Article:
Next, the system operator once again reboots the system so that the CD driver file which he or she previously selected is stored in the C:\ drive (partition). The system operator must then ensure that the CONFIG.SYS file contains the command to execute the CD driver files. The CONFIG.SYS file is a text file that contains special commands that configure the computer's hardware so that MS-DOS and other software applications can use them. Typically, the CONFIG.SYS file is located in the root directory of drive C:\.
After the second reboot, the system operator is ready to install the application software. He or she then inserts a floppy diskette or CD ROM disk into a CD ROM drive coupled to the system and loads the application program from the CD ROM drive into the free memory partition. The application program typically formats this free partition by creating a root directory called SYS:\ and creates a file allocation table which lists each of the files used in the application program.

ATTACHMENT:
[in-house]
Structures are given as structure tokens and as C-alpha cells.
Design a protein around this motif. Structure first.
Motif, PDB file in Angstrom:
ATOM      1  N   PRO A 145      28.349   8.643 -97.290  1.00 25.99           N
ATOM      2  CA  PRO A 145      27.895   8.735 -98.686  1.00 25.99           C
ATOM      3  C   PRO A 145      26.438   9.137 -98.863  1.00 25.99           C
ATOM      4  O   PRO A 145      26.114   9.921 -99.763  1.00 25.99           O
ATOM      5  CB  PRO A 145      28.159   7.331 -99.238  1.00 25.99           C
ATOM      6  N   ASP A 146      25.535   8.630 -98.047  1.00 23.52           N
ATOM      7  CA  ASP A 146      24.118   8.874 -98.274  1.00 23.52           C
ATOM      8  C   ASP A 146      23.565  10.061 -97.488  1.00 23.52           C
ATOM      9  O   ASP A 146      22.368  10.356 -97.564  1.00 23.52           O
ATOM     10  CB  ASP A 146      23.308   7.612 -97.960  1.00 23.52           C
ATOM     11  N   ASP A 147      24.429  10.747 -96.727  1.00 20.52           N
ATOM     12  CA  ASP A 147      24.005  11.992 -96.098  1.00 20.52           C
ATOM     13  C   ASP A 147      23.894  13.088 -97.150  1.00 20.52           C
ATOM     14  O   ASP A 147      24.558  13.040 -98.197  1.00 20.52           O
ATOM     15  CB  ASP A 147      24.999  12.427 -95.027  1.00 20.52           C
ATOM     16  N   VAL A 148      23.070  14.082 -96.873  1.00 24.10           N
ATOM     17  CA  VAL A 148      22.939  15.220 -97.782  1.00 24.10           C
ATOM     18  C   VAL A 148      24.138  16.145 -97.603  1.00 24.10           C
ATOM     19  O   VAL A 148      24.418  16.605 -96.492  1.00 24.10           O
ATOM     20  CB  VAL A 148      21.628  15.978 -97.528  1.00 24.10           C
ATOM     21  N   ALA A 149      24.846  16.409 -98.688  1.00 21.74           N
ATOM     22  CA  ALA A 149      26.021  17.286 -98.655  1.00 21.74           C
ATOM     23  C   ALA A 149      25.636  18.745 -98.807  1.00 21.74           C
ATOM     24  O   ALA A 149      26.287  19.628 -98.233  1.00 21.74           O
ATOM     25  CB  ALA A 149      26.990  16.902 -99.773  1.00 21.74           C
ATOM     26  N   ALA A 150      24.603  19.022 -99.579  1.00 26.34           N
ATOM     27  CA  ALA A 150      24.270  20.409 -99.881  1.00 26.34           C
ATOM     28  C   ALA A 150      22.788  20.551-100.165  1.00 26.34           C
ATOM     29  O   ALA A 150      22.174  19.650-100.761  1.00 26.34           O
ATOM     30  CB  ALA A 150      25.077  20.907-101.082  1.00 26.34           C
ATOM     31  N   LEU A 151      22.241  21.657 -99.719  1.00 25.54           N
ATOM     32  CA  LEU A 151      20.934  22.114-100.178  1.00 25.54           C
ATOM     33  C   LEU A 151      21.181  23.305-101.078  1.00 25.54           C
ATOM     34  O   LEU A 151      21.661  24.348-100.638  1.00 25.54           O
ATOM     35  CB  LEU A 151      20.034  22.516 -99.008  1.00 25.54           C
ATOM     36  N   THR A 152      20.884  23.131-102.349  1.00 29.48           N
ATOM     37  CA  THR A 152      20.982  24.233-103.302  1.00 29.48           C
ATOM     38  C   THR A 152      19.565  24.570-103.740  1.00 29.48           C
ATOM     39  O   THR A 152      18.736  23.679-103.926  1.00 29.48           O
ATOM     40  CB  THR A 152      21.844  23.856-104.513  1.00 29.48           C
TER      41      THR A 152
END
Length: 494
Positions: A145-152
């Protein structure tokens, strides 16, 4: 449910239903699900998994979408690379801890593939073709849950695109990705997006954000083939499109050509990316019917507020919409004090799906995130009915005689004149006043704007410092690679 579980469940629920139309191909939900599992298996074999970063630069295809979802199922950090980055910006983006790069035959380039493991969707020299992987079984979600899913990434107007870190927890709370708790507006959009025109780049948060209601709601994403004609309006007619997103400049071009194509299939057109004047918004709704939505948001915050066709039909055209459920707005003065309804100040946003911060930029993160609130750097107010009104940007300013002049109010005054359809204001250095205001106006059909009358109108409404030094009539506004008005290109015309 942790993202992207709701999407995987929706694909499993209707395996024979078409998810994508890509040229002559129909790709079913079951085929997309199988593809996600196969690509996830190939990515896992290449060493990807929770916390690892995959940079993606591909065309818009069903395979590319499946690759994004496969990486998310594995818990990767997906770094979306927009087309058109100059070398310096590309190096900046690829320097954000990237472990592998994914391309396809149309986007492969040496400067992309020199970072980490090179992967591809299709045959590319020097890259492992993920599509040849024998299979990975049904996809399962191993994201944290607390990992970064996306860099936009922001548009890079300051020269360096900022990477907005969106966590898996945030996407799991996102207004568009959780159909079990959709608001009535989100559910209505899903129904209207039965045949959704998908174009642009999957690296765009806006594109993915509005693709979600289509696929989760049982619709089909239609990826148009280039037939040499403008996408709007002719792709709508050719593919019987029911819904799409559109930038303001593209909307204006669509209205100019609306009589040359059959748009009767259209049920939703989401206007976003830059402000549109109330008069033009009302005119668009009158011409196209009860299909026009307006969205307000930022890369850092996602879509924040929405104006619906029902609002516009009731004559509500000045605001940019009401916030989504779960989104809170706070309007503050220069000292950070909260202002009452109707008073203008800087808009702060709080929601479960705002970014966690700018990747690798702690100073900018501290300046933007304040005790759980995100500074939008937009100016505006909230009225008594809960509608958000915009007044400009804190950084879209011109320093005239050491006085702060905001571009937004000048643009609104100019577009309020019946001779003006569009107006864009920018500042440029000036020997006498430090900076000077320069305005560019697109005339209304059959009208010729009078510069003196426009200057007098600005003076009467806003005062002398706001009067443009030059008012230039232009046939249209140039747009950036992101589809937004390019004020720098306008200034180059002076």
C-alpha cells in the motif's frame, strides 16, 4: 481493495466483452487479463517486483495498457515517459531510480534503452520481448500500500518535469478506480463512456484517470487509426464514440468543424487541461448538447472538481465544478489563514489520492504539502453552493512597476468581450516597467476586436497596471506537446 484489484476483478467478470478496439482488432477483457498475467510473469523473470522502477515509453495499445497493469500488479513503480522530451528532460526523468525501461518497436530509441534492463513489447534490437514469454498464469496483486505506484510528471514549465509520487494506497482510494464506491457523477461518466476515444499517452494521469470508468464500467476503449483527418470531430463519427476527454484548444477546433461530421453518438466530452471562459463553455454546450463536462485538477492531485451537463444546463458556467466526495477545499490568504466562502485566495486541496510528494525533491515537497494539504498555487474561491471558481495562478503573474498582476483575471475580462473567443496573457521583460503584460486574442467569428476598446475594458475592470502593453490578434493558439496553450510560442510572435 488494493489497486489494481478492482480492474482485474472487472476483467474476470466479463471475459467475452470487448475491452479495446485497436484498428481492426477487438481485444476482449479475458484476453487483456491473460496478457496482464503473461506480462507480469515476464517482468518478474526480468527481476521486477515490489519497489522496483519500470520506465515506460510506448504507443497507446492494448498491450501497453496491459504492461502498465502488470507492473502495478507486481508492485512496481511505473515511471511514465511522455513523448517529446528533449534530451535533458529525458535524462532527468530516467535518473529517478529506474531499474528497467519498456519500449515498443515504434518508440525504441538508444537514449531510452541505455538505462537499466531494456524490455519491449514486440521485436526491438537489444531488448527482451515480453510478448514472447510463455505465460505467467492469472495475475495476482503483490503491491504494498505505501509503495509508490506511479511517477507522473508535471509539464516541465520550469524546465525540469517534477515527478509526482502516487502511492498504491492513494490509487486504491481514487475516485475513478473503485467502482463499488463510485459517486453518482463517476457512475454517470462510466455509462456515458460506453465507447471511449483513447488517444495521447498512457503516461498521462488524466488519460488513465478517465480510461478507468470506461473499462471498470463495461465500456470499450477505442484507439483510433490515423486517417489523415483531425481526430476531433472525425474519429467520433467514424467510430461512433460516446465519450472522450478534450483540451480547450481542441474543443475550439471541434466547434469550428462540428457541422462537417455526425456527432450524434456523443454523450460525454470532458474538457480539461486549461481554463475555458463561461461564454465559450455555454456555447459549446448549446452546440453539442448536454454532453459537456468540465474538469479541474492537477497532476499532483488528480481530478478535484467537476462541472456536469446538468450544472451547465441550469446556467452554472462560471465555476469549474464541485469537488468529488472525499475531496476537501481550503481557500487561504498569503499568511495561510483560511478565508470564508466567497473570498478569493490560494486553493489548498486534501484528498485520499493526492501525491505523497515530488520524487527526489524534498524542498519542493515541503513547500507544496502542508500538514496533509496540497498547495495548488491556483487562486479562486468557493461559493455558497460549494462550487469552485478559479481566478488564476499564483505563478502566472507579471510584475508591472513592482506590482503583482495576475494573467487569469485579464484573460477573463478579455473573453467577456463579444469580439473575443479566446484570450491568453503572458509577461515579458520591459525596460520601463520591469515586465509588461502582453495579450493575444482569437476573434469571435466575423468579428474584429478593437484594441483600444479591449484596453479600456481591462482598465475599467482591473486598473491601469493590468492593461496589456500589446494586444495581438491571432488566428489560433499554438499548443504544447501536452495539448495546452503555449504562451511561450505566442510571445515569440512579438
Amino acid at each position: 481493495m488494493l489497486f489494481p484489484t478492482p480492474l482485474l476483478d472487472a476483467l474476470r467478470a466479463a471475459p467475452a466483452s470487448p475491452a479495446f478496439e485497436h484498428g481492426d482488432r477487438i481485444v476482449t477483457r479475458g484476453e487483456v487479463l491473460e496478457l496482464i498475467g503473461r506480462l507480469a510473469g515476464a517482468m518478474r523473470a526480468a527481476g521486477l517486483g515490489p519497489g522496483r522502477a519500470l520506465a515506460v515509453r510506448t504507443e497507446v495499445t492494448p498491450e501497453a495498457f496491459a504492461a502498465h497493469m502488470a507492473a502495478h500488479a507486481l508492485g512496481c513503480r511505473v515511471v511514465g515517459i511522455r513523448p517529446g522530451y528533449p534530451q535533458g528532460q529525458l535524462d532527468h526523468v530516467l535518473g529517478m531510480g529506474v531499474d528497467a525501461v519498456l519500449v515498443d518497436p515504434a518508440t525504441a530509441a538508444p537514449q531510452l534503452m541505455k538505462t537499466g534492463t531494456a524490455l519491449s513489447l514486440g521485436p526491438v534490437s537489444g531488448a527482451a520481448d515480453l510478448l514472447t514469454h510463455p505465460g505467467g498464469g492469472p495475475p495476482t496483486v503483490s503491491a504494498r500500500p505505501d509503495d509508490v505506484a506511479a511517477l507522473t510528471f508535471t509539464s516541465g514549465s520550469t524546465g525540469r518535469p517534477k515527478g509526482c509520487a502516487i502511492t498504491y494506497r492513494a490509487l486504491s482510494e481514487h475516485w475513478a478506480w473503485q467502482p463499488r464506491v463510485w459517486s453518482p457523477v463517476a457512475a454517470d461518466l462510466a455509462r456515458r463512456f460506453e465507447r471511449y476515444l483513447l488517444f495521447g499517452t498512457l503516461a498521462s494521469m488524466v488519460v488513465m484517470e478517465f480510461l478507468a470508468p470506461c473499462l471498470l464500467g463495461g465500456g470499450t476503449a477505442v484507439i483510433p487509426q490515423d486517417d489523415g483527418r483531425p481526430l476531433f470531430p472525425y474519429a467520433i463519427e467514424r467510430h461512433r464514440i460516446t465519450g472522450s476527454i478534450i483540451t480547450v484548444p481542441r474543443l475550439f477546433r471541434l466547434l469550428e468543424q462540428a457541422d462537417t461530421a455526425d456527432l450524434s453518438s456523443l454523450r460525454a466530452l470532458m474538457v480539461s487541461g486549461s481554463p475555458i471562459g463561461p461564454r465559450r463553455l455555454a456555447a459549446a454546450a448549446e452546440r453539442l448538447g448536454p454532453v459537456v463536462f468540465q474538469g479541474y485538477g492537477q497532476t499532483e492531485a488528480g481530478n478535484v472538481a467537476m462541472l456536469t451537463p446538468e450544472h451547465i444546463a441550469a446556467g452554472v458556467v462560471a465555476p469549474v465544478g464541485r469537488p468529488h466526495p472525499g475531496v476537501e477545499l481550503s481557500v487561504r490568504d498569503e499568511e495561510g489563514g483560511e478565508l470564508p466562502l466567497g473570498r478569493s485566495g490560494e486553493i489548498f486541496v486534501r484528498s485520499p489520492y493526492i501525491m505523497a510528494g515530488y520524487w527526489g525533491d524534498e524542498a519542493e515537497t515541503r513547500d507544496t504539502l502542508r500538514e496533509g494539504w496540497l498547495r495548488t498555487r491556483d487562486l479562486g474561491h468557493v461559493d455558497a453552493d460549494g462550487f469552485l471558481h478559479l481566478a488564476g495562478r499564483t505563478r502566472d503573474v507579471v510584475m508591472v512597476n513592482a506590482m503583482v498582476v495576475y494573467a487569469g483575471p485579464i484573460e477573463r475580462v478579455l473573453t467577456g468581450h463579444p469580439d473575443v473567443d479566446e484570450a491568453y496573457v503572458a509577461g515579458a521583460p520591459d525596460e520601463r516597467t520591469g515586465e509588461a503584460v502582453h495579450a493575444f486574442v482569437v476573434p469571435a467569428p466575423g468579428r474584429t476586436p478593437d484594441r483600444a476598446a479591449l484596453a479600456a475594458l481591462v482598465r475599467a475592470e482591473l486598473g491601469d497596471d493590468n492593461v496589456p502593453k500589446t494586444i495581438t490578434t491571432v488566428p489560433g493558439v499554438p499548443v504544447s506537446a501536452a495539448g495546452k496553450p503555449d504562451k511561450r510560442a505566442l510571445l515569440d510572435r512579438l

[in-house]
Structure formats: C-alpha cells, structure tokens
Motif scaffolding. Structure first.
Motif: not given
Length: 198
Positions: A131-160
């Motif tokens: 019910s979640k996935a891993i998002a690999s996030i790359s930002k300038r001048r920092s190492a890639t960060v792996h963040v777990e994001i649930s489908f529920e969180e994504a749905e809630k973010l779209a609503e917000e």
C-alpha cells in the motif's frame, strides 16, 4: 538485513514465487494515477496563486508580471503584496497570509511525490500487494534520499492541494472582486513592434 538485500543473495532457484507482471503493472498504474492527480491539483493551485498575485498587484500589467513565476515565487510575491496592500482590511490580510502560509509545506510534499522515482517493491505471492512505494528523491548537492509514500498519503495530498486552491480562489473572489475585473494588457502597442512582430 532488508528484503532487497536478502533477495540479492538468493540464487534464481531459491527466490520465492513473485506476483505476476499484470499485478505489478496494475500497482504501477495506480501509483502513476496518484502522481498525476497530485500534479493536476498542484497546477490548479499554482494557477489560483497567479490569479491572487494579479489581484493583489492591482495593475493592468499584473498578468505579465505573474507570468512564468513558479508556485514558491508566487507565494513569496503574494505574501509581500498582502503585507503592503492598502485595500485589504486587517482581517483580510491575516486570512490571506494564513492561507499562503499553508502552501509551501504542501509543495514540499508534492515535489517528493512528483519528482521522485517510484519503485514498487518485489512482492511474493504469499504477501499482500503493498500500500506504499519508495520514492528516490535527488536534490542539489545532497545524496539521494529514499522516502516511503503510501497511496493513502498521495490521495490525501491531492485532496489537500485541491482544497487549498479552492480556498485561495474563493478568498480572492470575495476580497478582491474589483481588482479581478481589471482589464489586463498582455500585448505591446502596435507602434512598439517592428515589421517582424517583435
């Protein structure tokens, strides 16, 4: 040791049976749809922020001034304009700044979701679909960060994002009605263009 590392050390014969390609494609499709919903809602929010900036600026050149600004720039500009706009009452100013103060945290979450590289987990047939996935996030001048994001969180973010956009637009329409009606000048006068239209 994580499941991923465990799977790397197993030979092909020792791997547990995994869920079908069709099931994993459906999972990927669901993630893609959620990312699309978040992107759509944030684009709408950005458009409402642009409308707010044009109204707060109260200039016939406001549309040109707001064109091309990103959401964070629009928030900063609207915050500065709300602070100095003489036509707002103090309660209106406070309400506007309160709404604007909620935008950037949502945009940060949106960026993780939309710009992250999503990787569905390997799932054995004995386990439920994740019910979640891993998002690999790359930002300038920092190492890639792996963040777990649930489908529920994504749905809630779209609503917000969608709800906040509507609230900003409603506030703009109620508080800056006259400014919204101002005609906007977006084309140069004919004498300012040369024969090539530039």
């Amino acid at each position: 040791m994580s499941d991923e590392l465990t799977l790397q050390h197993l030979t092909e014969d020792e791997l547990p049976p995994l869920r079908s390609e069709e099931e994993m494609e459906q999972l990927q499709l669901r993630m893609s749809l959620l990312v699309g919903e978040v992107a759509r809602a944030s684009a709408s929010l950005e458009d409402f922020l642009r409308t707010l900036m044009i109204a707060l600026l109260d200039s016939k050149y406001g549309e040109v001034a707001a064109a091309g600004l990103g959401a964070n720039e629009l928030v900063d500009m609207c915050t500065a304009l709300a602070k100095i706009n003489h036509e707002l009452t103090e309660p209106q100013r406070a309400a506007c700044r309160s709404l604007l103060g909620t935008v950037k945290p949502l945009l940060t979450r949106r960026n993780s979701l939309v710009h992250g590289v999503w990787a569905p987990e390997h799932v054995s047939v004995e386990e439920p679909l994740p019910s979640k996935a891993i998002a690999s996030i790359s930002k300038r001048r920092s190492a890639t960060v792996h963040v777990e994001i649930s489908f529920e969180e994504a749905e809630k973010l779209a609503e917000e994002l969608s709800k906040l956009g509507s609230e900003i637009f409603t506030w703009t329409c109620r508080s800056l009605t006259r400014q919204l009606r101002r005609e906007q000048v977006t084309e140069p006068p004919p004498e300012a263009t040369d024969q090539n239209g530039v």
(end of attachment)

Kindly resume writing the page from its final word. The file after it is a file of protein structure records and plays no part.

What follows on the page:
The system operator may desire to install additional software, such as NetframeŽ value-add software. To do so, the system operator typically inserts a floppy diskette or CD ROM diskette into a respective drive of the system. The floppy diskette or CD ROM diskette contains the additional software which is subsequently copied from the diskette into the system's hard disk drive.
For mirrored or duplexed computer systems, all or some of the above steps must be repeated in order to configure and format the mirrored or backup hard disk drives of these systems and to load the various software programs discussed above. This process is tedious and time-consuming. For a user who is somewhat inexperienced which such a process, the process can be quite daunting.